<rdf:rest>
            <rdf:List>
              <rdf:first rdf:resource="#v" />
              <rdf:rest rdf:resource="&rdf;#nil"/>
            </rdf:List>
          </rdf:rest>
        </rdf:List>
      </rdf:rest>
    </rdf:List>
  </swrl:arguments>
</swrl:BuiltinAtom>

Sample 3: Calling a Getter Method With Input Arguments

The following code calls the method getTemperatureInFahrenheit(double) on the instances of etri.bossam.swrl.TemperatureController, and binds the results to the variable ?v.

<swrl:BuiltinAtom>
  <swrl:builtin rdf:resource="&bossam;#serviceCall"/>
  <swrl:arguments>
    <rdf:List>
      <rdf:first rdf:resource="&tc;#getTemperatureInFahrenheit"/>
      <rdf:rest>
        <rdf:List>
          <rdf:first rdf:resource="#o" />
          <rdf:rest>
            <rdf:List>
              <rdf:first rdf:datatype="&xsd;#double">10.0</rdf:first>
              <rdf:rest>
                <rdf:List>
                  <rdf:first rdf:resource="#v" />
                  <rdf:rest rdf:resource="&rdf;#nil"/>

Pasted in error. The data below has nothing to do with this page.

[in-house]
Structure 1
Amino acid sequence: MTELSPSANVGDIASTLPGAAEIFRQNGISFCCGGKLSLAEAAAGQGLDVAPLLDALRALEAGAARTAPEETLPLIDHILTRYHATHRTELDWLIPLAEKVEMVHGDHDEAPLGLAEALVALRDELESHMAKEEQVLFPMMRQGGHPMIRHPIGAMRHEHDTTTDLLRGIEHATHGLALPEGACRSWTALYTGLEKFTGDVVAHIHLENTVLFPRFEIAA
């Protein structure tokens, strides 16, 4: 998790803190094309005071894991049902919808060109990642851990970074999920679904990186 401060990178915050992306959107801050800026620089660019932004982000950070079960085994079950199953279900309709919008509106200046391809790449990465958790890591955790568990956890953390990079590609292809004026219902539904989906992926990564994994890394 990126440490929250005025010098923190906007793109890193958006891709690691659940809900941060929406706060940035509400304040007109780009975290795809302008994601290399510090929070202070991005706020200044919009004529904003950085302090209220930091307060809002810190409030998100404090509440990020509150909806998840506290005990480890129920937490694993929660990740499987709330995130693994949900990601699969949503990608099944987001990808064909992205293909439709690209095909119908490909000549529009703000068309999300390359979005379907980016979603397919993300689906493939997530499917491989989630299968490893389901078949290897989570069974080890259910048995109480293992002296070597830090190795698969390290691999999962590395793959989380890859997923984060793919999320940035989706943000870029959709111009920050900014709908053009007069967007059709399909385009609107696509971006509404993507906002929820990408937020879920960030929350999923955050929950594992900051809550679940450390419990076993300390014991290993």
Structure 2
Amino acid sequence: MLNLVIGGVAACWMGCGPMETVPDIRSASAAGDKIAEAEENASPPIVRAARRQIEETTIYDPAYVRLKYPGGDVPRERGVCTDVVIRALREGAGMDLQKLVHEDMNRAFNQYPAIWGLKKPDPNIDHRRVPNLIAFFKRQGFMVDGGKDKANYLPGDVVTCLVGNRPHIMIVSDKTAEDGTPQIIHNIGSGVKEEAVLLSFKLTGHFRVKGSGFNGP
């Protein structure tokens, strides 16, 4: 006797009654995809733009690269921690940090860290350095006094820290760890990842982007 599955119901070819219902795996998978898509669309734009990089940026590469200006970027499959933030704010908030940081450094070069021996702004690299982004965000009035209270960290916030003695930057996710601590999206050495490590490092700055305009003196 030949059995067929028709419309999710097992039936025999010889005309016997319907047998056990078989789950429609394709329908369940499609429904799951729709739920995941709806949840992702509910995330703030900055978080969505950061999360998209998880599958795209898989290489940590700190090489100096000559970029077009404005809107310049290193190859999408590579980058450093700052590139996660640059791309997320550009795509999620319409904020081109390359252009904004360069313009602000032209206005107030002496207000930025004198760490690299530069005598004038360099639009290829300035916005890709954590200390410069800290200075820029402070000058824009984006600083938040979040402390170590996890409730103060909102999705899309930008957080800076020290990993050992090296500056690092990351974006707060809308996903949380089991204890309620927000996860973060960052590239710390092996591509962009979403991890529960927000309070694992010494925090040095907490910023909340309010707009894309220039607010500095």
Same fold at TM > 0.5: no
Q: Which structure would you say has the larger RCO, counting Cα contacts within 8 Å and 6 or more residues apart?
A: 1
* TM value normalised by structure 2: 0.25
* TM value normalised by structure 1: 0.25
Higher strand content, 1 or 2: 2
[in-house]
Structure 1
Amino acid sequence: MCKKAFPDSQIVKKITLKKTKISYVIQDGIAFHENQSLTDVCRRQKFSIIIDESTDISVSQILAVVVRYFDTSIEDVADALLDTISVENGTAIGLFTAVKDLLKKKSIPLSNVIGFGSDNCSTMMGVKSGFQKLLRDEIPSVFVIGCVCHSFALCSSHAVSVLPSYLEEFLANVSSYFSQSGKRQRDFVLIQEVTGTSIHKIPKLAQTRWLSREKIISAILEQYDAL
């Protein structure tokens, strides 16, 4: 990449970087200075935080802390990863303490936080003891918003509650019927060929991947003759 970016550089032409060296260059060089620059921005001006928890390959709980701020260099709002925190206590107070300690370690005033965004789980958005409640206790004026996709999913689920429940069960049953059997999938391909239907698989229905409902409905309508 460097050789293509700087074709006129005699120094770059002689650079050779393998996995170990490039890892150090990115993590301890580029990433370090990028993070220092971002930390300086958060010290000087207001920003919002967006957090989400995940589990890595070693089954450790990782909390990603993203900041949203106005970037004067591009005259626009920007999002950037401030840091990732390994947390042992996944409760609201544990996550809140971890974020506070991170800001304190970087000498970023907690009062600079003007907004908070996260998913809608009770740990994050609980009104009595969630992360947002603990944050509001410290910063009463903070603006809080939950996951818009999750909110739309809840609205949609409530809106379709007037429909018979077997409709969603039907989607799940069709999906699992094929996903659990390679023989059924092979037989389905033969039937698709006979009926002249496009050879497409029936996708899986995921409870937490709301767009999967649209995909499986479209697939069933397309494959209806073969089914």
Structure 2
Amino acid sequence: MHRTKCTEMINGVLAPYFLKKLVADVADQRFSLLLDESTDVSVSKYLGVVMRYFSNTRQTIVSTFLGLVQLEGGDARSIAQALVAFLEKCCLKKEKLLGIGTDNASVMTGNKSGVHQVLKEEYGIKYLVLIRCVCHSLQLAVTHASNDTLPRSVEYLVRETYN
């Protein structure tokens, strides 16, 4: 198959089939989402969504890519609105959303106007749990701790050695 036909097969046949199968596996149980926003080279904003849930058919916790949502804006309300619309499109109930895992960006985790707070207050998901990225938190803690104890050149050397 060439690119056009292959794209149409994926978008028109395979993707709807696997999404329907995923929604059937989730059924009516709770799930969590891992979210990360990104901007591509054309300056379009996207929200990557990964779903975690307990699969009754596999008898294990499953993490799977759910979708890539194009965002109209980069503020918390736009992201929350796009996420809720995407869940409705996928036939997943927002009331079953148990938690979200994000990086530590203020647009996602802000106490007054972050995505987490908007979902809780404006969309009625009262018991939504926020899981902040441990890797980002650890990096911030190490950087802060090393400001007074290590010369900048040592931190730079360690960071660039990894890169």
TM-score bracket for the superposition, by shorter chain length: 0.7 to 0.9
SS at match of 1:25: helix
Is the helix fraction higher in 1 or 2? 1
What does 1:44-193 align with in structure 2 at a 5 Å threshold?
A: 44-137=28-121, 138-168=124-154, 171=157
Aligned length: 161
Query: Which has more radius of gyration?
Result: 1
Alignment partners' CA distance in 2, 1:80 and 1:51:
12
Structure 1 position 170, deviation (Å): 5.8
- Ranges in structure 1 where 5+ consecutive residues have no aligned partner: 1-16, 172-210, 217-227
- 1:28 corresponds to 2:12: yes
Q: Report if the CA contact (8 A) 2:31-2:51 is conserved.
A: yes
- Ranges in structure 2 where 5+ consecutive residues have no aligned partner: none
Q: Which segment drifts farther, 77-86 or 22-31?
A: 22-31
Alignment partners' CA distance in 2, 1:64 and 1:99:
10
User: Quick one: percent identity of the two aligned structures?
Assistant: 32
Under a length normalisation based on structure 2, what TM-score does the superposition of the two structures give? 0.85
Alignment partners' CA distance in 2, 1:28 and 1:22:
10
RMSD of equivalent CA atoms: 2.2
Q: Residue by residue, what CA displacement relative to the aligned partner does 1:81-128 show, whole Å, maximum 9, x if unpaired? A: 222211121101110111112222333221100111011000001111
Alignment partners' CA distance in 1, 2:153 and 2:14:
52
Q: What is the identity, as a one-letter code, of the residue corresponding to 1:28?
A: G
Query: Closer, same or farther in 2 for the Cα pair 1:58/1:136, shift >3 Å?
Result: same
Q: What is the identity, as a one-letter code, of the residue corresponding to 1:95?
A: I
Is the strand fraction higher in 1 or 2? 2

</rdf:List>
              </rdf:rest>
            </rdf:List>
          </rdf:rest>
        </rdf:List>
      </rdf:rest>
    </rdf:List>
  </swrl:arguments>
</swrl:BuiltinAtom>

Sample 4: Calling a Setter Method with No Input Argument

The following code calls the method turnOn() on the instances of etri.bossam.swrl.TemperatureController.

<swrl:BuiltinAtom>
  <swrl:builtin rdf:resource="&bossam;#serviceCall"/>
  <swrl:arguments>
    <rdf:List>
      <rdf:first rdf:resource="&tc;#turnOn"/>
      <rdf:rest>
        <rdf:List>
          <rdf:first rdf:resource="#o" />
          <rdf:rest rdf:resource="&rdf;#nil"/>
        </rdf:List>
      </rdf:rest>
    </rdf:List>
  </swrl:arguments>
</swrl:BuiltinAtom>
Categories: manual